More MS news articles for September 2002

Recent therapeutic strategy for multiple sclerosis

Rinsho Shinkeigaku 2001 Dec;41(12):1214-7
Itoyama Y.
Department of Neurology, Tohoku University School of Medicine.

Multiple Sclerosis (MS) is an inflammatory demyelinating disease in the central nervous system (CNS), and it is clinically characterized by multiplicity in time (relapse and remission) and space (multiple lesions in CNS).

In Asian countries including Japan, it has been pointed out that the prevalence rate of MS patients is extremely low and the frequency of the optic-spinal form of MS is high, compared with Western countries.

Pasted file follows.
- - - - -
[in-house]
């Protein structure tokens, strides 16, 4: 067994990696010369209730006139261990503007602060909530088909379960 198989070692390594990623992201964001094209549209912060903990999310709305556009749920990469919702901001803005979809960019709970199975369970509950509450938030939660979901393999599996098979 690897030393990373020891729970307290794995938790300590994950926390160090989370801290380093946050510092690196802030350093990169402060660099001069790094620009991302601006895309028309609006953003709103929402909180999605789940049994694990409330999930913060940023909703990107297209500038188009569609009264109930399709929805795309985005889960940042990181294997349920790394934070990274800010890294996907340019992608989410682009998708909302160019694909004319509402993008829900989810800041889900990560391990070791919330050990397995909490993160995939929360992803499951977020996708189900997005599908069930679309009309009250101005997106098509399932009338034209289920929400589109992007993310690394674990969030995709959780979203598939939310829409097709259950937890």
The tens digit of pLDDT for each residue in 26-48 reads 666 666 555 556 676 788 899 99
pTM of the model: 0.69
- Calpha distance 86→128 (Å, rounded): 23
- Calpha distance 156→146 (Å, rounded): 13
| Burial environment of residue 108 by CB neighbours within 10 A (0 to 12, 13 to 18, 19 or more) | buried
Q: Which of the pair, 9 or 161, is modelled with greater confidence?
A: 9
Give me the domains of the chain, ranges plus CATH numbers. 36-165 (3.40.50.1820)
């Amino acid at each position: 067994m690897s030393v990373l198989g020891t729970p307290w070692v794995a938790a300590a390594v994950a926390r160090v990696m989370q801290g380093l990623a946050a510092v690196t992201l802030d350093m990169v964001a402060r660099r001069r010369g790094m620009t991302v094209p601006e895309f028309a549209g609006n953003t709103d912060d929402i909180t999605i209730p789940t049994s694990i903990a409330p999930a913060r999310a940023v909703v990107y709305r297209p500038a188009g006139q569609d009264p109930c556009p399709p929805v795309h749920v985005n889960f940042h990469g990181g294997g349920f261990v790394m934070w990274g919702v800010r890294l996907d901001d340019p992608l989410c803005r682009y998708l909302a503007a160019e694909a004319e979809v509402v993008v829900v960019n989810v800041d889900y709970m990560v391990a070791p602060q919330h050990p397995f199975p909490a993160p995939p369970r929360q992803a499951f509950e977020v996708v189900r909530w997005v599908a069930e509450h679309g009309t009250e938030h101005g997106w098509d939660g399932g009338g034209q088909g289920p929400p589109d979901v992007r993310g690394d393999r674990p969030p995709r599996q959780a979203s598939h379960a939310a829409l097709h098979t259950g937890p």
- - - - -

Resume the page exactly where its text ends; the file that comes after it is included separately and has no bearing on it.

Although the etiology remains unknown, it has been postulated that the pathogenesis of MS may involve immune mechanisms, virus-like infectious agents or genetic factors.

MS should be attacked on two fronts: treatment to suppress the disease itself and alter its natural history, and treatment to improve the symptoms of MS and mask the deficits it causes.

Although steroid therapy probably improves MS attacks by inhibiting the immune system and reducing inflammation, they seem ineffective in changing the natural history of the disease or preventing ultimate disability.

Interferon beta has been approved as an effective drug for reducing the rate of MS attacks and the volume of MRI lesions and altering its natural history, based on positive results from large controlled trials in western countries as well as in Japan.

Other immunomodulating treatments, such as glatiramer acetate, intravenous immunoglobulin, and mitoxantorone have been also approved as effective drugs for MS.